There is little you can say or do to get people to put away their food. "Unless you can afford a private plane, these are things
you may have to put up with," Post said.
Food fight: Meals are tricky in the sky
By A. Pawlowski, CNN
Spirit Airlines Baggage Policy
Spirit Airlines customers may bring one (1) carry-on bag plus a personal item (such as a purse, briefcase, or laptop computer)
on board at no charge. A carry-on bag must fit under your seat or in the overhead bin. Carry-on bag dimensions for overhead
bin space may not exceed 24 inches by 16 inches by 12 inches (61cm x 40.6cm x 30.5cm).

Spirit may require that a carry-on item travel as checked baggage if the item cannot be safely stowed on a particular flight.
Excess items will be charged according to checked baggage fees.

Car Seats: Car seats may be carried on board the aircraft at no charge if a seat has been purchased for the child.

Additional Information:

For the most updated information on what you may bring on board your flight, please visit the TSA website at

Effective for reservations purchased on or after April 6, 2010 for travel August 1, 2010 and beyond

Fees apply for carry-on baggage that will not fit in the under seat space. All baggage fees are non-refundable and may be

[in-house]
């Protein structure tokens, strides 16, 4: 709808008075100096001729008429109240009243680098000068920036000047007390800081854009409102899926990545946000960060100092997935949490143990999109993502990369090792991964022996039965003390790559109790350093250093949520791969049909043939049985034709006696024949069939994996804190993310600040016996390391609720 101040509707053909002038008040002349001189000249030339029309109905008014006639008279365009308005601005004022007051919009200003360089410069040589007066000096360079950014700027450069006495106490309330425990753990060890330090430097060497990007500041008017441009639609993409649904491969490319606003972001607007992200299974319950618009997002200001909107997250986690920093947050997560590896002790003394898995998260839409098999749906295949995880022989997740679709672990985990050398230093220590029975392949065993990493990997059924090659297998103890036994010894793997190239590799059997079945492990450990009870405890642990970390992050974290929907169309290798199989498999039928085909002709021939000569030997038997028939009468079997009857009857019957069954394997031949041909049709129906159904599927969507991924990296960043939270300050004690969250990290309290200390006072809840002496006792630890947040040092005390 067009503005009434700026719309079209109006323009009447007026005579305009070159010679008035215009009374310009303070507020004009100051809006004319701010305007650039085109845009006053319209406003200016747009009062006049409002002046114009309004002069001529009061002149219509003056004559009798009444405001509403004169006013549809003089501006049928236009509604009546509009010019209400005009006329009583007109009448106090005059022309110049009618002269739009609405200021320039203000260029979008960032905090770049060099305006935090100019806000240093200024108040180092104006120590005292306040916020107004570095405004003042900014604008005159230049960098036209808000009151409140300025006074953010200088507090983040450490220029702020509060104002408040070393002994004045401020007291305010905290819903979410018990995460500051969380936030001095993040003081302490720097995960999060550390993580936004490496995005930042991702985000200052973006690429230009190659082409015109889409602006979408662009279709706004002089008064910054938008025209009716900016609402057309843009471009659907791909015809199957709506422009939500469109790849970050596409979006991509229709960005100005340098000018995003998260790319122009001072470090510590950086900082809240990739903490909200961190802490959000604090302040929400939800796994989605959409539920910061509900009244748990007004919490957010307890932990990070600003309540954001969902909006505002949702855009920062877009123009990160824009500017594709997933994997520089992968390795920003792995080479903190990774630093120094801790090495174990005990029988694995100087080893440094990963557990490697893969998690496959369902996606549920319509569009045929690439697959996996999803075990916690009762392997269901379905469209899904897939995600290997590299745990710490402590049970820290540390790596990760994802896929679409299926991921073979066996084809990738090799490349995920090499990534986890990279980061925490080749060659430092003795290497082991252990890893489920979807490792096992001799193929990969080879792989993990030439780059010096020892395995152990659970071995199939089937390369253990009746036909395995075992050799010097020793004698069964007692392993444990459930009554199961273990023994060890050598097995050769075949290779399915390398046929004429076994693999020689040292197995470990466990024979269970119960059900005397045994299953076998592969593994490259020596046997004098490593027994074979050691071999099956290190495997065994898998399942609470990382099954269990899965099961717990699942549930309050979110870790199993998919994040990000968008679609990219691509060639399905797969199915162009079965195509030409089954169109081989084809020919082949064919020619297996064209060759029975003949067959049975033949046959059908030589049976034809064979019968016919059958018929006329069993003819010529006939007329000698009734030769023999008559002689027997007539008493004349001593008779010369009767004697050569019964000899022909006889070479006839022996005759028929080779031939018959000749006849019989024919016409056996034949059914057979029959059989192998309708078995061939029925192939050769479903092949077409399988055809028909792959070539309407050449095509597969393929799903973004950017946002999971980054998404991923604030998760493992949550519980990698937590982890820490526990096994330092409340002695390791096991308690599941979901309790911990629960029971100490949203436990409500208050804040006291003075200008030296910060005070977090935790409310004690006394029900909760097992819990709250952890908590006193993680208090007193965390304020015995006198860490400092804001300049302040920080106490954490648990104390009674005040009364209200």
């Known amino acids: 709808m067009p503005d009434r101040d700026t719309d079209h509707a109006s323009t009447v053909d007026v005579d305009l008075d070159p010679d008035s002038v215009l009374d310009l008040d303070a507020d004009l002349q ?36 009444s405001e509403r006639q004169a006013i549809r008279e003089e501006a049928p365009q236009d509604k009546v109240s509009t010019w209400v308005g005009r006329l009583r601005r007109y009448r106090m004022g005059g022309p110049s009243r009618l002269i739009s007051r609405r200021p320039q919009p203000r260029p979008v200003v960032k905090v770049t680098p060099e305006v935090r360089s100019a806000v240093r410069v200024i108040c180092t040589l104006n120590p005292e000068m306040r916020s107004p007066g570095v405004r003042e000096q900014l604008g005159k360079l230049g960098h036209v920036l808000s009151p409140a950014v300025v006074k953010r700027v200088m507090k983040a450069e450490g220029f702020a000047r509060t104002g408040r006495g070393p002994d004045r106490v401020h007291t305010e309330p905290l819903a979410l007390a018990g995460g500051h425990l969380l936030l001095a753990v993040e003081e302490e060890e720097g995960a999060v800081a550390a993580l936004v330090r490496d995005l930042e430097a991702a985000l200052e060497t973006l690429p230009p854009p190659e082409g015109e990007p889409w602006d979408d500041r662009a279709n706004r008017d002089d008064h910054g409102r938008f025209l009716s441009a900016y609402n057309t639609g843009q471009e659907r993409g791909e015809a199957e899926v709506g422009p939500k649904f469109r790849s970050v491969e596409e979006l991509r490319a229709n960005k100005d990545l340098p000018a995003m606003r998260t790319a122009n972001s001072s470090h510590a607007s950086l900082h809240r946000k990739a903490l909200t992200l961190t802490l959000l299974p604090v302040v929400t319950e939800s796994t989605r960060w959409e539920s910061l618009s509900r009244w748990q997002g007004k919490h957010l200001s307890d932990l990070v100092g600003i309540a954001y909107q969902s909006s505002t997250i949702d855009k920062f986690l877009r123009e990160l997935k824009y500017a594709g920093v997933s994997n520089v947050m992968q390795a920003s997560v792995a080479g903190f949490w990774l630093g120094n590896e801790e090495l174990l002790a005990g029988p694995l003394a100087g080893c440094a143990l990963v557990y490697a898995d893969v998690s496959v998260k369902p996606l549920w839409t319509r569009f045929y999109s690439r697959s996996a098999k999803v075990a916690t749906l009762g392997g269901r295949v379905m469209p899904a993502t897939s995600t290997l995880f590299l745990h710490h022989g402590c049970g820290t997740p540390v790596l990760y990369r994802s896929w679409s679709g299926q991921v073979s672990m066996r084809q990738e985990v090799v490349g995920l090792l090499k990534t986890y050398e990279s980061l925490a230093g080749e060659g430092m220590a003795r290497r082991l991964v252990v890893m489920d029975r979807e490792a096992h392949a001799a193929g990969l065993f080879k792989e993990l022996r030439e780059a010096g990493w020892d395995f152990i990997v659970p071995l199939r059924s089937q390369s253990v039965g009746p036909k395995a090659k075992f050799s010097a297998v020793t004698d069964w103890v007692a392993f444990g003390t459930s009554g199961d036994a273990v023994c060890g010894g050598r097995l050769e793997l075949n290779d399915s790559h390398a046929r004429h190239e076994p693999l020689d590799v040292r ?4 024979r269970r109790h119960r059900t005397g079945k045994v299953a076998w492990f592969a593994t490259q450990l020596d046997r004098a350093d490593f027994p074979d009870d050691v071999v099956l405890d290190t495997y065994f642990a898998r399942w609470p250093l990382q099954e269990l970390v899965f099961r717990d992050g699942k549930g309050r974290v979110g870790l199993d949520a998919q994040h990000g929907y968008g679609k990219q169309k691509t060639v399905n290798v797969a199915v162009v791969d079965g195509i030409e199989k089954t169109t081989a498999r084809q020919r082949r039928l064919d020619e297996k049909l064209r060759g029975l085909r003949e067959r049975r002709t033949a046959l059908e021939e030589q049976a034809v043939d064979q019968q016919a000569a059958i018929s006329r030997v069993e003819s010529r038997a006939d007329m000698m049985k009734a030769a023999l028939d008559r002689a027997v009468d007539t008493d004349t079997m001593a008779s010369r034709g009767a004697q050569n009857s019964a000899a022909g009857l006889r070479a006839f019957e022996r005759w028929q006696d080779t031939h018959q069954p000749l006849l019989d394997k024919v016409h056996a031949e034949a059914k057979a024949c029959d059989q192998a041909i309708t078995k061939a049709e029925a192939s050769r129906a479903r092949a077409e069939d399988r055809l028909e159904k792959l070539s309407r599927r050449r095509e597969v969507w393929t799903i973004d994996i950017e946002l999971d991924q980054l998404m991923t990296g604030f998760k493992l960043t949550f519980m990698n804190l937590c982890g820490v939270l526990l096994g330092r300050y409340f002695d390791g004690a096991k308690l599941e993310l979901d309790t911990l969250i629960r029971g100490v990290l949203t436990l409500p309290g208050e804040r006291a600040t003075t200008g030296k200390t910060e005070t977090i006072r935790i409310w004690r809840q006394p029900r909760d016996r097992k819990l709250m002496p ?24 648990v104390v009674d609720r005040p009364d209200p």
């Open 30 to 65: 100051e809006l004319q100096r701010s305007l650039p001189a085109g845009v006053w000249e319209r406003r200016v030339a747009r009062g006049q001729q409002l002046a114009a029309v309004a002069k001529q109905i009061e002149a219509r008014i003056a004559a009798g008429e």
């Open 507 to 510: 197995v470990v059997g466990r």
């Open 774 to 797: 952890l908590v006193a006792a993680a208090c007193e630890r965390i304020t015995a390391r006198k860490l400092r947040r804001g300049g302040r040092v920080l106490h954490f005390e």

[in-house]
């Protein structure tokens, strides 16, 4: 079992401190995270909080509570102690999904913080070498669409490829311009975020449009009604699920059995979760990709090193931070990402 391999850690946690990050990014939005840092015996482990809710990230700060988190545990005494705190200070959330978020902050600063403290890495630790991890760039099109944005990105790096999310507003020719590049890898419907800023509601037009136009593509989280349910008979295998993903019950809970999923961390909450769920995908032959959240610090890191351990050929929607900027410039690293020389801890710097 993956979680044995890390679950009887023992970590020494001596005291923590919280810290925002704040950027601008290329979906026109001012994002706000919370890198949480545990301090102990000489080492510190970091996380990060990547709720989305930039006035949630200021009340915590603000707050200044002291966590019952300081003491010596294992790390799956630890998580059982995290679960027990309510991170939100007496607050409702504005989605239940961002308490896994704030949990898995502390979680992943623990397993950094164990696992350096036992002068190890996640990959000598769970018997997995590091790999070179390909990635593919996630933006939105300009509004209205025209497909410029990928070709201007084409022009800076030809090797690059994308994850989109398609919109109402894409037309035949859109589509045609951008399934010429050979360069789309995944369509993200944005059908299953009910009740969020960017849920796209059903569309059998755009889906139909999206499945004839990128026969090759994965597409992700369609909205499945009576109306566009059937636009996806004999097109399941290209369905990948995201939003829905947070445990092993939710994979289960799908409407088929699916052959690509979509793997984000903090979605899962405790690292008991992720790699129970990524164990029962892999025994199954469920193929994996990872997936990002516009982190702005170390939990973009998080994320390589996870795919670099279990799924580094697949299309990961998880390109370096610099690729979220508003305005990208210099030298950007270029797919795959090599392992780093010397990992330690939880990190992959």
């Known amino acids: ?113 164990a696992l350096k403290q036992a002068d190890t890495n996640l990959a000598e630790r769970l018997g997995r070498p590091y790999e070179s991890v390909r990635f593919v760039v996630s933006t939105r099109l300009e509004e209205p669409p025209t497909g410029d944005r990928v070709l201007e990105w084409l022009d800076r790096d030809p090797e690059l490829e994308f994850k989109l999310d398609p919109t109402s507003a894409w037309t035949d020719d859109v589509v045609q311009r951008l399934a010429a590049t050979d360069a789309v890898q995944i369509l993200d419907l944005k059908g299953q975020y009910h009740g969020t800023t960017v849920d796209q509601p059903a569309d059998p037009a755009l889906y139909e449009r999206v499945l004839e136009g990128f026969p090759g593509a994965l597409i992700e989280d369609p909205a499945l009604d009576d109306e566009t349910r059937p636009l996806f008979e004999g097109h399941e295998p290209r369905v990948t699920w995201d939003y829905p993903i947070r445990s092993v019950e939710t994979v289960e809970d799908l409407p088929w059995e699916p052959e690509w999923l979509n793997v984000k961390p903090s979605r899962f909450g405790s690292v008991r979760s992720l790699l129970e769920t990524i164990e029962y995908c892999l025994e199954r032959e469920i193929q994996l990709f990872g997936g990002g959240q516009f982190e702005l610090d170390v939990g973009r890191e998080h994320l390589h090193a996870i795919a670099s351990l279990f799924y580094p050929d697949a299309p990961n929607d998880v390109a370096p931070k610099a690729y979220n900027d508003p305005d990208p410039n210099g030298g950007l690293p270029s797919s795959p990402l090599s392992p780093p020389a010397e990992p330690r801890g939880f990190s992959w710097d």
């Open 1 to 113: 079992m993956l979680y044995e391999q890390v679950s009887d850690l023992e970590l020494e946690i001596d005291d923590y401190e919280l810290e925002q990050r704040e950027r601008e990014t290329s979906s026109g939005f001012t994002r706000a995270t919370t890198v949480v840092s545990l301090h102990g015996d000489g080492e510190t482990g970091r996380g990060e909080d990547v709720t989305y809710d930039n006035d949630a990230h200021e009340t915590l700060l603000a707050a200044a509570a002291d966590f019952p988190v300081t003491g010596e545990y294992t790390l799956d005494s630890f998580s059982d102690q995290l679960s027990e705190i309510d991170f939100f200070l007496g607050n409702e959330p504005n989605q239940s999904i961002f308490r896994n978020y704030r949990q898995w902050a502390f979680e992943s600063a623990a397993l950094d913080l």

paid in advance or at the airport.
Excluded items are not counted towards a customer's carry-on item baggage allowance and are free of charge.
Airline to charge between $1.30 and $1.55 for the privilege of using the toilet.


LOS ANGELES - One day after U.S. low-cost carrier Spirit announced it will start charging for overhead bin space, comes word
that European discount giant Ryanair is pushing ahead with plans to charge passengers to use the bathroom.

The Daily Mail of London writes "no-frills [Ryanair] is working with Boeing to redesign the cabin and develop coin-operated
toilets on 168 of its planes.

Not content with charging passengers for use of the facilities, the airline is also looking at reducing the number of toilets on
board, leaving just one available cubicle for up to 189 passengers."

How much will it cost you?

That works about to between $1.30 and $1.55 for the privilege of using the toilet, according to ATW Online.

A Ryanair official tells the Mail the carrier hopes the toilet fee will change customers' habits.

"By charging for the toilets we are hoping to change passenger behavior so that they use the bathroom before or after the
flight," Ryanair spokesman Stephen McNamara tells the paper.

"That will enable us to remove two out of three of the toilets and make way for at least six extra seats."

Meanwhile, Ryanair is making news with other fees, as well.

The carrier announced this week it would hike its checked-bag fees by about 33% for the peak summer travel period.

Business Traveller magazine writes Ryanair says it's making the move to "incentivise all of its passengers to travel light during
the peak summer months."

The BBC adds :

Ryanair said it would urge its passengers to avoid check-in baggage fees by travelling with carry-on bags only."

Airline Announces "Pay-to-Pee" Toilet Fee